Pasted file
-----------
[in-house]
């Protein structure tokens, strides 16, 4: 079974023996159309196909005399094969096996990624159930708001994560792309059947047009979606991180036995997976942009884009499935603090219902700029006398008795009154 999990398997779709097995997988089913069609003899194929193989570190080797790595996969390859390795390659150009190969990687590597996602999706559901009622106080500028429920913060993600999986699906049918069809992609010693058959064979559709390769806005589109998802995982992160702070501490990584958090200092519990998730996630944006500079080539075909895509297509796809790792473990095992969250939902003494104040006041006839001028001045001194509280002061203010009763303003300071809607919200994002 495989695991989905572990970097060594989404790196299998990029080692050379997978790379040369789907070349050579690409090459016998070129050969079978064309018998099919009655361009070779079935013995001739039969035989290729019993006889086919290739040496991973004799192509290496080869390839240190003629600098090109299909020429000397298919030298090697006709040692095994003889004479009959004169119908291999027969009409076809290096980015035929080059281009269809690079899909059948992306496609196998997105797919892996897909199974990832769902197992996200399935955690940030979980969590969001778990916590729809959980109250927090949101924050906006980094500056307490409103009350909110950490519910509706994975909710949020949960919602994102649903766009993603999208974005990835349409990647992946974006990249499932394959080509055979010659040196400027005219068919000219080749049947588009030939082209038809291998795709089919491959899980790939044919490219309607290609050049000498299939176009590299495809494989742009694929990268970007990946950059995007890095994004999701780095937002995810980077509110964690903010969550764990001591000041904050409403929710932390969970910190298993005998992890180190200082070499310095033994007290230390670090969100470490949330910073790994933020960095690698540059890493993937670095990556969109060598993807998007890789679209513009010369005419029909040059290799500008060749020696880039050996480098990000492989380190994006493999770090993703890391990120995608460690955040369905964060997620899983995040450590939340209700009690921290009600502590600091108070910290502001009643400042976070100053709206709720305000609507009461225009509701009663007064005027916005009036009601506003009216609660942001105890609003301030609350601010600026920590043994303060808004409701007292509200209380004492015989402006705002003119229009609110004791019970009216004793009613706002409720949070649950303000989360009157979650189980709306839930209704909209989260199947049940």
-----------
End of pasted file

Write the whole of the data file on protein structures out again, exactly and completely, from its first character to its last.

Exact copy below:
[in-house]
């Protein structure tokens, strides 16, 4: 079974023996159309196909005399094969096996990624159930708001994560792309059947047009979606991180036995997976942009884009499935603090219902700029006398008795009154 999990398997779709097995997988089913069609003899194929193989570190080797790595996969390859390795390659150009190969990687590597996602999706559901009622106080500028429920913060993600999986699906049918069809992609010693058959064979559709390769806005589109998802995982992160702070501490990584958090200092519990998730996630944006500079080539075909895509297509796809790792473990095992969250939902003494104040006041006839001028001045001194509280002061203010009763303003300071809607919200994002 495989695991989905572990970097060594989404790196299998990029080692050379997978790379040369789907070349050579690409090459016998070129050969079978064309018998099919009655361009070779079935013995001739039969035989290729019993006889086919290739040496991973004799192509290496080869390839240190003629600098090109299909020429000397298919030298090697006709040692095994003889004479009959004169119908291999027969009409076809290096980015035929080059281009269809690079899909059948992306496609196998997105797919892996897909199974990832769902197992996200399935955690940030979980969590969001778990916590729809959980109250927090949101924050906006980094500056307490409103009350909110950490519910509706994975909710949020949960919602994102649903766009993603999208974005990835349409990647992946974006990249499932394959080509055979010659040196400027005219068919000219080749049947588009030939082209038809291998795709089919491959899980790939044919490219309607290609050049000498299939176009590299495809494989742009694929990268970007990946950059995007890095994004999701780095937002995810980077509110964690903010969550764990001591000041904050409403929710932390969970910190298993005998992890180190200082070499310095033994007290230390670090969100470490949330910073790994933020960095690698540059890493993937670095990556969109060598993807998007890789679209513009010369005419029909040059290799500008060749020696880039050996480098990000492989380190994006493999770090993703890391990120995608460690955040369905964060997620899983995040450590939340209700009690921290009600502590600091108070910290502001009643400042976070100053709206709720305000609507009461225009509701009663007064005027916005009036009601506003009216609660942001105890609003301030609350601010600026920590043994303060808004409701007292509200209380004492015989402006705002003119229009609110004791019970009216004793009613706002409720949070649950303000989360009157979650189980709306839930209704909209989260199947049940």